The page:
Wondering if I should change my life, I surveyed friends about their methodologies. One organized her books by category, another by subject, a third by title. One, by publishing imprint. (“I just wanted all my New York Review of Books paperbacks to hang out together,” she said.) There were multiple by-color people. I read about other writers’ systems, and came across an organizing principle that sounded promising for maybe 0.03 seconds before revealing its true identity as an idea from hell: the desert-island method, from least expendable to most. (Imagining deciding, with each new book, exactly where it should be slotted!) (Imagine trying to explain this to one’s writer friends.) None of these sounded right for me.
I thought of what Georges Perec had said, that “every library answers a twofold need, which is often also a twofold obsession: that of conserving certain objects (books) and that of organizing them in certain ways.” Alphabetical by author, my previous method, now felt, to me, too boring. Unserious. Too obvious, and not sufficiently loving. I read, and reread, Anne Garréta’s delightful compilation of potential bookcase taxonomies, ranging from the quite practical (“books by people you admire hold or held in high esteem”) to the wild (“books in which Danish princes would be liable to find nothing but words, words, words”). Three of Garréta’s proposals are entirely, splendidly cetological: (1) “books in which one encounters whales,” (2) “books in which not even the shadow of a whale is to be found,” and (3) “books from which have disappeared, inexplicably, the whales one imagined there.”
Eventually, I thought I’d hit upon a feasible system: by publication date! This, I imagined, would be satisfyingly varied. From my library, I’d develop my own, idiosyncratic sense of literary history. I got as far as one shelf. I couldn’t decide which publication dates should take precedence. Date of first issue, yes, probably, but what about important new translations of old work? What was one to do with the Bible? The Iliad? New editions? What, indeed, to do with all my own New York Review of Books paperbacks, many of which are reissued titles?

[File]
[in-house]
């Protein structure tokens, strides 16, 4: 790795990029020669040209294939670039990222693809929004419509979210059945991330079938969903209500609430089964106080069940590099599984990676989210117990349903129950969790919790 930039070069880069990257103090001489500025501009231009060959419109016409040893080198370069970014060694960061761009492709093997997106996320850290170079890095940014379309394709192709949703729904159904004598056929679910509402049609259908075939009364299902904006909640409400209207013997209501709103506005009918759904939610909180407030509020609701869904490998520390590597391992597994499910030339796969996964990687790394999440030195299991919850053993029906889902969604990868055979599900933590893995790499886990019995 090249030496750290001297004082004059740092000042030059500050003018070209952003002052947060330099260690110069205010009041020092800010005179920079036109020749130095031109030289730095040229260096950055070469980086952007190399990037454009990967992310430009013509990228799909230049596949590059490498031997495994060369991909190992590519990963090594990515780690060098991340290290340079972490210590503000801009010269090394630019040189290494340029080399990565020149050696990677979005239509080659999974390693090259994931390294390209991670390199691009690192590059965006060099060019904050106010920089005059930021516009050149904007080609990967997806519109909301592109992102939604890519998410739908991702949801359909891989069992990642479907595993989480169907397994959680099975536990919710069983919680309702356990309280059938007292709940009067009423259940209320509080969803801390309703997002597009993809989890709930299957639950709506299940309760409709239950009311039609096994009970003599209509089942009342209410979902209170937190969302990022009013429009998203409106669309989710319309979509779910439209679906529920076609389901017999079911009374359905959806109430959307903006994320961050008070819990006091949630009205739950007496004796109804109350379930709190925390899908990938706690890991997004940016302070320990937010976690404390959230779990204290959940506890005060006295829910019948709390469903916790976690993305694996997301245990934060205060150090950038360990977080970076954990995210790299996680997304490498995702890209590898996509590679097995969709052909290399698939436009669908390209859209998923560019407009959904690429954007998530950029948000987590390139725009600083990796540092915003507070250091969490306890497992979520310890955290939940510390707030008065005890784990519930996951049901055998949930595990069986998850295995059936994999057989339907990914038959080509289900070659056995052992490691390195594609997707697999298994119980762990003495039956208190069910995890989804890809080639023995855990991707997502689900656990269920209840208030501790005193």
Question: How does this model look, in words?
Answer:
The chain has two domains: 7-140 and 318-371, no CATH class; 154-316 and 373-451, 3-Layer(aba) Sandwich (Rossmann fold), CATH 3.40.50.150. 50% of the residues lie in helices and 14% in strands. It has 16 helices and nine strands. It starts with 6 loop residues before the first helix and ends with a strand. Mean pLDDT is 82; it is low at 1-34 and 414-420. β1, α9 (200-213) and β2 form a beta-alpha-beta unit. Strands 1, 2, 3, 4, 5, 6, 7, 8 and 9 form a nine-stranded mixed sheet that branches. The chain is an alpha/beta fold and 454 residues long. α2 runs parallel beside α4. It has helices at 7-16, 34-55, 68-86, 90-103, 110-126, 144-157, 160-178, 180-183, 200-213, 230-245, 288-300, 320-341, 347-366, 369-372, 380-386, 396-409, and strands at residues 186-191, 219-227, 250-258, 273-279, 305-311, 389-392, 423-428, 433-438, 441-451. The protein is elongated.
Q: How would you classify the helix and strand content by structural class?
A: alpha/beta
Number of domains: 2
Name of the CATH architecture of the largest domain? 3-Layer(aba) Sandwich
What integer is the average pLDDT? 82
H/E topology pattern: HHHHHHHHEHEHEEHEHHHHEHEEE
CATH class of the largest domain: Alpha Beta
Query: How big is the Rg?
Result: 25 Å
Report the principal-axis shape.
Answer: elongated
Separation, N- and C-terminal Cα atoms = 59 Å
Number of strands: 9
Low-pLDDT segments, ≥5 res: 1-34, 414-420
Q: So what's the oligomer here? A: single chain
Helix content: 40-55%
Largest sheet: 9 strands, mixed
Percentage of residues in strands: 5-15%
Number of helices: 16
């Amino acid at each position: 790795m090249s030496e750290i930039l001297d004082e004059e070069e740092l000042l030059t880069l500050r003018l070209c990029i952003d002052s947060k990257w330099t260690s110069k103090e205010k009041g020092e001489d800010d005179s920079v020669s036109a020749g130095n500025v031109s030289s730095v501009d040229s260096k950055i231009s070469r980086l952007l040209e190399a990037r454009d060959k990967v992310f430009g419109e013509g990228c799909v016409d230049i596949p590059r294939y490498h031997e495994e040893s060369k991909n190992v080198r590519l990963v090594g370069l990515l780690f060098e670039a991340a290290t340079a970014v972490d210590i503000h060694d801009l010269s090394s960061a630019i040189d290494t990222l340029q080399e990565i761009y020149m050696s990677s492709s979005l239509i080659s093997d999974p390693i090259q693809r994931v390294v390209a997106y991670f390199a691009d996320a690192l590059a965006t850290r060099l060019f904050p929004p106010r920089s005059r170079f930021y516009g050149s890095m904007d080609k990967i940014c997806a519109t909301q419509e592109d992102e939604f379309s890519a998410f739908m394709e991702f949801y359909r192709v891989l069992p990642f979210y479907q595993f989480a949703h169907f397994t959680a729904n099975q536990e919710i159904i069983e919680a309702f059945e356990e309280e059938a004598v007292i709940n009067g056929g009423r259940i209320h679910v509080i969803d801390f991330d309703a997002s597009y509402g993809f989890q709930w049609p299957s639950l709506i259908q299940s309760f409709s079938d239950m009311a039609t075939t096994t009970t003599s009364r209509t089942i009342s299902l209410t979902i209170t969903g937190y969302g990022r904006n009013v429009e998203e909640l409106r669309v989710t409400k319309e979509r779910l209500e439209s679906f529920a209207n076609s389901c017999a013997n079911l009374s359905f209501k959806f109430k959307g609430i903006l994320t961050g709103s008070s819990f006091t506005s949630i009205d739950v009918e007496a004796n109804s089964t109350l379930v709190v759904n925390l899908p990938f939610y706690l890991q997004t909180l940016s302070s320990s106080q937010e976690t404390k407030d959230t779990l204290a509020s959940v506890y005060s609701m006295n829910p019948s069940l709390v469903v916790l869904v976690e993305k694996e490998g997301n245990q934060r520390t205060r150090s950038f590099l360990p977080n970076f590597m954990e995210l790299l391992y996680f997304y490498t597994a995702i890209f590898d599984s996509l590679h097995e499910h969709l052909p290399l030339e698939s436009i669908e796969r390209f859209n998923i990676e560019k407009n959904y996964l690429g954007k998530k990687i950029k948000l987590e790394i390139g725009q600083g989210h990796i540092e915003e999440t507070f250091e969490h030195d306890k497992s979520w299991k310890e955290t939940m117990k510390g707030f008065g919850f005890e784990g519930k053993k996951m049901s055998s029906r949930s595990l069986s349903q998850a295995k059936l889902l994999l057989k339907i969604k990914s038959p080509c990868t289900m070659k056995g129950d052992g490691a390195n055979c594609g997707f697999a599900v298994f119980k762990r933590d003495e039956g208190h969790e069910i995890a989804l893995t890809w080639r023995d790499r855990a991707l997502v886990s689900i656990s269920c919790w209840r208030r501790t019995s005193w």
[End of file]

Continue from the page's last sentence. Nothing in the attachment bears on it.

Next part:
Bested, in utter despair, I flipped the books on that shelf around again.
In time, reality intervened: a couple of years ago, I had to leave my apartment for a month, and bring all of my belongings with me. Moving out, then moving back in, shuffled around my books; spine-in, I could no longer be sure where they were. I left them spine-out, promising myself I’d organize them somehow, one day, soon. But I haven’t, not yet.
As a result, I can barely look at most of my books. Increasingly, I find that keeping a book at all, rather than giving it away, is a serious pledge of trust, fidelity—of, in fact, love. Each time I elect to keep a book, I’m saying, I want you in my life. If I’ve read it already, I’m holding onto it because I suspect I’ll want to reread it. If I haven’t read it, this means, surely, that I intend to do so.
Nowadays, each time I let myself look at my bookshelves, questions proliferate. I wonder which I should cull, what’s worth keeping. I mull over my literary deficiencies. I glance at Ada, or Ardor, and am once again stricken, asking myself why, how, I haven’t finished it. Will I ever get through that novel, and if not, what kind of extraordinarily fraudulent Nabokov-lover am I? What’s with my gigantic copy of The Anatomy of Melancholy, almost as wide as it is tall: did I really believe I was going to read 1,382 pages from the year 1621 about sadness? Perhaps I’ll get rid of it. But no, maybe I’ll read it! Should I? And what, exactly, was I thinking when I purchased Thomas Bernhard’s entire oeuvre? I admire him, I do, but—all of him? Here’s beloved Woolf: how I wish you’d had the time to write more books. Ditto, Theresa Hak Kyung Cha. Audre Lorde: you, too. I’ve just published my own first novel, The Incendiaries, ten years in the works. Good lord, where will it go?
Amidst such chaos, I fantasize about the way my books used to look, their titles hidden, their exact location known just to me. It was so calm and so private. It was beautiful, and, for me, perhaps, the only way.